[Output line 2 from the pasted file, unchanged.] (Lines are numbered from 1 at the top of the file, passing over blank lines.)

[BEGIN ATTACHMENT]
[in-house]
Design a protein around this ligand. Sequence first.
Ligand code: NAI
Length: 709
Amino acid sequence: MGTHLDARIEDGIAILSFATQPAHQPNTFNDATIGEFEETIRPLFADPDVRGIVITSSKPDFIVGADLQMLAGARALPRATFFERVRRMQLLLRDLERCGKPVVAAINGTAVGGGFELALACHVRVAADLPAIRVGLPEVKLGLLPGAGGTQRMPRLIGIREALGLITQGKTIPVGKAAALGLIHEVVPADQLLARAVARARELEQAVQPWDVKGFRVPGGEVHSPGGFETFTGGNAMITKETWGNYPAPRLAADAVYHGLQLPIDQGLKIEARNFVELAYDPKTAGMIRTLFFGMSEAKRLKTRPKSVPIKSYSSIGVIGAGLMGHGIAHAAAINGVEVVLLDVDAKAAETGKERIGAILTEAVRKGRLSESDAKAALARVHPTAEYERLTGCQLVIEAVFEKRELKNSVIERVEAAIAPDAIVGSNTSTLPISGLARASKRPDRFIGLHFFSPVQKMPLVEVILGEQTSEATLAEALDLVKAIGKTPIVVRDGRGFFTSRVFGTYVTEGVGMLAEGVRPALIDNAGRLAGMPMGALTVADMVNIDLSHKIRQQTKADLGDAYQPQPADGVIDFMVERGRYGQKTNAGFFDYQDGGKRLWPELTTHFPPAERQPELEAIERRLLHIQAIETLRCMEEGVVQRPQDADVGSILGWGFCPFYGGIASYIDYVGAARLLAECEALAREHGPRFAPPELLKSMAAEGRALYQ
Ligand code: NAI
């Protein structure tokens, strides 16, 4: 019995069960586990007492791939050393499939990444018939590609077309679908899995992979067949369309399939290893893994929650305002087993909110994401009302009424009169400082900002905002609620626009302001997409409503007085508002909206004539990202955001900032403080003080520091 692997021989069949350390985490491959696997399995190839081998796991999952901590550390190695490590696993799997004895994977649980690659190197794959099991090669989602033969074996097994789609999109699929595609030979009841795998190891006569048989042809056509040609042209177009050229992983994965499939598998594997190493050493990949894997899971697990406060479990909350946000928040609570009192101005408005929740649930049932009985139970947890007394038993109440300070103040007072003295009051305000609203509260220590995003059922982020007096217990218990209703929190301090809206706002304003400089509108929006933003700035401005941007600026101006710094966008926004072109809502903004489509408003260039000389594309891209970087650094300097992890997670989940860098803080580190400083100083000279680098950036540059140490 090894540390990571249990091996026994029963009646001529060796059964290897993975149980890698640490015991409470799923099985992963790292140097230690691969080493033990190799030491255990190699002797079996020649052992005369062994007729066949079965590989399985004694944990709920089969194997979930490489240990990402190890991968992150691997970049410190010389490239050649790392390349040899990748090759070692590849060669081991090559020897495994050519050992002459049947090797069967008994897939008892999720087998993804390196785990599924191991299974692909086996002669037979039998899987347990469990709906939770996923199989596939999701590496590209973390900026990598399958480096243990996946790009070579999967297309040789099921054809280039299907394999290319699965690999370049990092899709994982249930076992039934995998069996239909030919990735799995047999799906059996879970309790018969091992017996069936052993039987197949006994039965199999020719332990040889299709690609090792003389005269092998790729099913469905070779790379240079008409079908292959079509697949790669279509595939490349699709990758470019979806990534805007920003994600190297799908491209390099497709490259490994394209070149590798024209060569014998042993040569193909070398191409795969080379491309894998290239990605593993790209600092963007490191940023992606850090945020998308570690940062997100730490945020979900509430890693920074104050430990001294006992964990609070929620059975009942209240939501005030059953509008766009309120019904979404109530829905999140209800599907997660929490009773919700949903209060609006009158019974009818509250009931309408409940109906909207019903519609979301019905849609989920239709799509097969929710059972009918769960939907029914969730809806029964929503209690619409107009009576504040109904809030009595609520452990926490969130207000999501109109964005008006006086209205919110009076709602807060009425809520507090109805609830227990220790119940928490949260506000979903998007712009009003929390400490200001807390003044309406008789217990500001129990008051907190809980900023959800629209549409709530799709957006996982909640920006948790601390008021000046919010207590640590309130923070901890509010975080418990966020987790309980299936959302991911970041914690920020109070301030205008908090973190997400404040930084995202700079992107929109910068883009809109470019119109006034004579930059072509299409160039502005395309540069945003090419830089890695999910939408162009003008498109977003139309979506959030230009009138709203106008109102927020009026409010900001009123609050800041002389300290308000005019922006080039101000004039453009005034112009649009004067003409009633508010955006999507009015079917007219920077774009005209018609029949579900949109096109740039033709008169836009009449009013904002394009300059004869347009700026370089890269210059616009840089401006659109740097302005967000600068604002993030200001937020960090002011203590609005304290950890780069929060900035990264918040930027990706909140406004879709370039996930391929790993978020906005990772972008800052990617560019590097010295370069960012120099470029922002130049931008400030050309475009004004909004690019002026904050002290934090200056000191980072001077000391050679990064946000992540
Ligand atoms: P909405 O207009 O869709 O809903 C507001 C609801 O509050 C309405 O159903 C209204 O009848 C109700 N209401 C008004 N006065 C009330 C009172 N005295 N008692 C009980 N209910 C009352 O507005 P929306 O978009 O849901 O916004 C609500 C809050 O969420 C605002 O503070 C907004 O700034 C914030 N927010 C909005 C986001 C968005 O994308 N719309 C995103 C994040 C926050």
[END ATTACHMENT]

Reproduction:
Design a protein around this ligand. Sequence first.